I kept searching for a softie designer that was willing to speak freely and share their experiences, for better and worse, with the wider craft community. At Hillary’s recommendation I reached out to Larissa from mmmcrafts and was really excited that she was willing to share with us how offering cottage industry licenses has gone for her. You can visit Larissa’s shop on Etsy here and her pattern shop on Craftsy here.
There are several Etsy sellers who have bought Larissa’s patterns, sewn the toys, and are selling them right now including Ragamuffin Baby (who also is a weewonderfuls licensee) and Whimsy Vintage.
All images below are of Larissa’s toys and are posted with her permission. Thank you, Larissa!
Here is what Larissa told me in her own words:
“I struggled mightily with this, believe me. I had so many sweet requests from readers to sew and sell my designs and I felt like if they were honest enough to ask then maybe I should make that an option somehow, especially when I am unable to devote the time to make a lot of items and sell them myself these days.
The No Commercial Selling policy just seemed a little too restrictive when some of my customers only wanted to make and sell the items to their friends who didn’t sew. I find that being the Pattern Police is no fun at all. I’d much rather design patterns than spend my time worrying about how home sewers use them.
I did make a very brief foray into selling limited licenses for my sewing patterns. I think it lasted a couple of days. LOL. I had done extensive research around the web on various cottage industry pattern designers to get a feel for what the standard was and then I launched my own version of the limited licenses on my blog. Then maybe two days after that I took the page down and put the whole thing on hold to do more research.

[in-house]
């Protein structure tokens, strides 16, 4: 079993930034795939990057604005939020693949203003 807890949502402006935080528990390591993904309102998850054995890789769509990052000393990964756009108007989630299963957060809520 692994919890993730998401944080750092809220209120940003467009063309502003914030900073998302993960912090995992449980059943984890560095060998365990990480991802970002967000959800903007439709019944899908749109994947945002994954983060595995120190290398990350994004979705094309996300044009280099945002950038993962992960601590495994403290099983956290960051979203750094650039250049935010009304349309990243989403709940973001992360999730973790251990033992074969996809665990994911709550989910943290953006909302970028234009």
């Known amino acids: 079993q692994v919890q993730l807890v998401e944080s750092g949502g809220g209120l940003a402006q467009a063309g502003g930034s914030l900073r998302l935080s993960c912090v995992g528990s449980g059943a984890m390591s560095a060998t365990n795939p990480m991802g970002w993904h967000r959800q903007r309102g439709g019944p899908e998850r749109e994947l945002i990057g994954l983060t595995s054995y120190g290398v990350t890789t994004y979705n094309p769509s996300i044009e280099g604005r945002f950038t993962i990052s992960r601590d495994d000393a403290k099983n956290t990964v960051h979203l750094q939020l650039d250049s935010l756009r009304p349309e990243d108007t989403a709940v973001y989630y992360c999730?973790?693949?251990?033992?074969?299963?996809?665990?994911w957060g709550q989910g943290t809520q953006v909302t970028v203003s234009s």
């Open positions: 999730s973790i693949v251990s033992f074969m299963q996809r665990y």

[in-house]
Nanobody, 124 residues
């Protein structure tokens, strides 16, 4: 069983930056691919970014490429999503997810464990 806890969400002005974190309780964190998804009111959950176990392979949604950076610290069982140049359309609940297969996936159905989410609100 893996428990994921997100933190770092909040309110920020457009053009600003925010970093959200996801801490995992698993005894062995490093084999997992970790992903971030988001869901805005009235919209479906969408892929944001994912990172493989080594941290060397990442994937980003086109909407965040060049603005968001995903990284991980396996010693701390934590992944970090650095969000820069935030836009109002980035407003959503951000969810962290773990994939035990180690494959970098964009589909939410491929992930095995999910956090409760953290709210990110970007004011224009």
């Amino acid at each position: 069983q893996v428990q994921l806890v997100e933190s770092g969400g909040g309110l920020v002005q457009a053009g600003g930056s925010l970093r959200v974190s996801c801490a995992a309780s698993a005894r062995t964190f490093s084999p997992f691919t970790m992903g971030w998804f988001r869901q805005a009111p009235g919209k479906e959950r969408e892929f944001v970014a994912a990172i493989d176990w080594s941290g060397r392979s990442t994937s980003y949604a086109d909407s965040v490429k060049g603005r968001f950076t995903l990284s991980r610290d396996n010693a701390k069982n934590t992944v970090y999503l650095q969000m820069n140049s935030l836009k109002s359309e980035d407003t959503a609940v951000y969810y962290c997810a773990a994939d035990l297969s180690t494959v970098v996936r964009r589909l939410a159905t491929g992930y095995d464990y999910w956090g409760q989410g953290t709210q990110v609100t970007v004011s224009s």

It had come to my attention during that time that there is a lot of conflicting information out there about
1) exactly what copyright is
2) what it applies to and
3) what it does and does not cover in the case of pattern design
I spoke with a lawyer I know and did some extensive reading of US Government copyright law handbooks. I highly recommend those government handbooks if you are having trouble sleeping! I did end up with a much better picture of what copyright law in the US is, and I can be confident that my images, designs, written patterns and illustrations are definitely protected under those laws.
What was not clear was how copyright extends to how a person uses a pattern. I wrote to the US copyright office to ask some specific questions about how copyright applies to patterns and commercial selling. I’m still waiting for an answer. Perhaps I will receive an answer some day as I’m rocking on the porch of my nursing home.
I also contacted the big pattern makers like Simplicity, McCalls and Vogue to ask them about their copyright and how it applies to selling items made from their patterns. Even among those three I received conflicting answers along with suggestions that I contact their legal team with my name and address if I wanted to pursue it.